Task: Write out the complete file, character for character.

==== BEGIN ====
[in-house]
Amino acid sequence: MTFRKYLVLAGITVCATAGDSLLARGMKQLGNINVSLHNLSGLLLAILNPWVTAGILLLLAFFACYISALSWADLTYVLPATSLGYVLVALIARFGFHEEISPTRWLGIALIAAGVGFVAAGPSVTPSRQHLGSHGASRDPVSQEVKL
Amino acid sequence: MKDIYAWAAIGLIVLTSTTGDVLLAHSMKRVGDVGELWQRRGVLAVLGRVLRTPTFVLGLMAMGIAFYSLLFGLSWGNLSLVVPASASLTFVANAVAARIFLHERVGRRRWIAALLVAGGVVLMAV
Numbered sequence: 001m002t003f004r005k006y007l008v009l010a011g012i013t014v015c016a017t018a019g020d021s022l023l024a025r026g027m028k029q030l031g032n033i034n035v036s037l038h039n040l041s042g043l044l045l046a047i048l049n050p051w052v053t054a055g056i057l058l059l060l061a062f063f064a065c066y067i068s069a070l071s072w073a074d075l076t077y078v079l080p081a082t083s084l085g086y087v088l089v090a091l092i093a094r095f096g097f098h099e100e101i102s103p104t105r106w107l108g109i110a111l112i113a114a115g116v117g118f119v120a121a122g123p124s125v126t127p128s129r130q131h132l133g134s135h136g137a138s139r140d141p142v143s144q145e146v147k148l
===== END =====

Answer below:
[in-house]
Amino acid sequence: MTFRKYLVLAGITVCATAGDSLLARGMKQLGNINVSLHNLSGLLLAILNPWVTAGILLLLAFFACYISALSWADLTYVLPATSLGYVLVALIARFGFHEEISPTRWLGIALIAAGVGFVAAGPSVTPSRQHLGSHGASRDPVSQEVKL
Amino acid sequence: MKDIYAWAAIGLIVLTSTTGDVLLAHSMKRVGDVGELWQRRGVLAVLGRVLRTPTFVLGLMAMGIAFYSLLFGLSWGNLSLVVPASASLTFVANAVAARIFLHERVGRRRWIAALLVAGGVVLMAV
Numbered sequence: 001m002t003f004r005k006y007l008v009l010a011g012i013t014v015c016a017t018a019g020d021s022l023l024a025r026g027m028k029q030l031g032n033i034n035v036s037l038h039n040l041s042g043l044l045l046a047i048l049n050p051w052v053t054a055g056i057l058l059l060l061a062f063f064a065c066y067i068s069a070l071s072w073a074d075l076t077y078v079l080p081a082t083s084l085g086y087v088l089v090a091l092i093a094r095f096g097f098h099e100e101i102s103p104t105r106w107l108g109i110a111l112i113a114a115g116v117g118f119v120a121a122g123p124s125v126t127p128s129r130q131h132l133g134s135h136g137a138s139r140d141p142v143s144q145e146v147k148l